Benjamin Sheares Bridge

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Coordinates: 1°17′33.37″N 103°51′43.43″E / 1.2926028°N 103.8620639°E / 1.2926028; 103.8620639

Benjamin Sheares Bridge
Benjamin Sheares Bridge Oct 05.JPG
Coordinates 1°17′33″N 103°51′44″E / 1.2926°N 103.8621°E / 1.2926; 103.8621Coordinates: 1°17′33″N 103°51′44″E / 1.2926°N 103.8621°E / 1.2926; 103.8621
CarriesMotor vehicles and pedestrians
CrossesMarina Bay and Kallang Basin
LocaleDowntown Core and Kallang, Singapore
Official nameBenjamin Sheares Bridge
Total length32km
Height29m (tallest point at Kallang Basin)[1]
DesignerPublic Works Department (now CPG Corporation)
Constructed bySato Kogyo and Chan Chee Wah Maunsell & Partners
Opened26 September 1981

Opened in 1981,[2] the Benjamin Sheares Bridge (Chinese: 薛尔思桥, Pinyin: Xūeěrsī Qíao; Malay: Jambatan Benjamin Sheares) is the longest bridge in Singapore, spanning 1.8 km, and the tallest, at 29 metres (95 ft). It is named after Dr Benjamin Henry Sheares, the second president of the Republic, who died four months before the bridge was opened to the public. The bridge is part of the East Coast Parkway (ECP), at the western end of the expressway. The cost of construction was S$110 million.[3]

The Benjamin Sheares Bridge crosses over the Kallang Basin and Marina Bay, along the southern coast of mainland Singapore. It passes through the planning areas of Kallang, Marina East, Marina South and Downtown Core.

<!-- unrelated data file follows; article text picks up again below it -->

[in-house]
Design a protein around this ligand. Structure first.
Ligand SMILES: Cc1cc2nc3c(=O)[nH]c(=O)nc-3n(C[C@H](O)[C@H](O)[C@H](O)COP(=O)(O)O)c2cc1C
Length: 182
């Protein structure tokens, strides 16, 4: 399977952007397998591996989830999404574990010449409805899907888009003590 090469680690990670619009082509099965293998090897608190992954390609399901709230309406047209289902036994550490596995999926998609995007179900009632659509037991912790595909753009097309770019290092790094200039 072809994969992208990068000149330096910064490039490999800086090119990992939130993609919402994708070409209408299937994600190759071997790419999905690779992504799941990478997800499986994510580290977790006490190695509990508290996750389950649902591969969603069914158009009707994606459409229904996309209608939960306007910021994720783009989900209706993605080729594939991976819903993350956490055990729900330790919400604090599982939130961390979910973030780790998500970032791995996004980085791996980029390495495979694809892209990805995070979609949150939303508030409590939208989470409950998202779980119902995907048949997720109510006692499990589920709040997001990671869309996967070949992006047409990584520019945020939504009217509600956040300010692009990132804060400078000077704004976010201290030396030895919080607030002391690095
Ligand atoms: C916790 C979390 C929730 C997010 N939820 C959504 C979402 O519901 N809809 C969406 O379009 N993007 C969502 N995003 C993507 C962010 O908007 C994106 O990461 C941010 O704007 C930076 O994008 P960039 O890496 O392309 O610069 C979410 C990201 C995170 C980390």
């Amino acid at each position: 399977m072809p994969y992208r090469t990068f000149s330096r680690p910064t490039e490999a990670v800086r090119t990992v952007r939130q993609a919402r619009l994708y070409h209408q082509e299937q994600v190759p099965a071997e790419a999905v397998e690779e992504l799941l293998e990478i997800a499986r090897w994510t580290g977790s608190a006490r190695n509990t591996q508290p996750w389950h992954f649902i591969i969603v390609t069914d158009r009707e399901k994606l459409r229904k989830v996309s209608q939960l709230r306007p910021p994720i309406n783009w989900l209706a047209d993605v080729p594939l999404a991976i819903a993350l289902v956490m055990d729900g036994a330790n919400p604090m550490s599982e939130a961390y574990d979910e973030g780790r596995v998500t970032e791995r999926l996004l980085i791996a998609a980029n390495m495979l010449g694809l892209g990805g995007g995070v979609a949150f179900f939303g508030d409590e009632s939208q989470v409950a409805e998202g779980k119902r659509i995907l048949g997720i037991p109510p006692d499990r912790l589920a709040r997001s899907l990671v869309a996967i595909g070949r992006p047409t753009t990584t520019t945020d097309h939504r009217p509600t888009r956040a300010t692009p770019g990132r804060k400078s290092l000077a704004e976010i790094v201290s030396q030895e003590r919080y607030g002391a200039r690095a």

Built over reclaimed land by construction company Sato Kogyo, the bridge is made of pre-stressed concrete and links East Coast Parkway on the east coast to Marina Bay on the west coast.

Benjamin Sheares Bridge is the setting for the annual SAFRA Singapore Bay Run & Army Half Marathon[4] (formerly the Sheares Bridge Run).

It is also pictured on the rear panel of the Ship Series S$50 banknote.[5]

Benjamin Sheares Bridge and the Singapore Flyer

See also[edit]


  1. ^
  2. ^ "Archived copy". Archived from the original on 20 February 2009. Retrieved 2009-07-28.CS1 maint: Archived copy as title (link) Article on Singapore Infopedia
  3. ^ Singapore, Remember (29 April 2018). "The Beginning of Singapore's Expressways". Remember Singapore. Retrieved 25 December 2018.
  4. ^ [1] Singapore Armed Forces Reservists Association (SAFRA)
  5. ^ "Archived copy". Archived from the original on 7 June 2007. Retrieved 22 May 2007.CS1 maint: Archived copy as title (link) S$50 banknote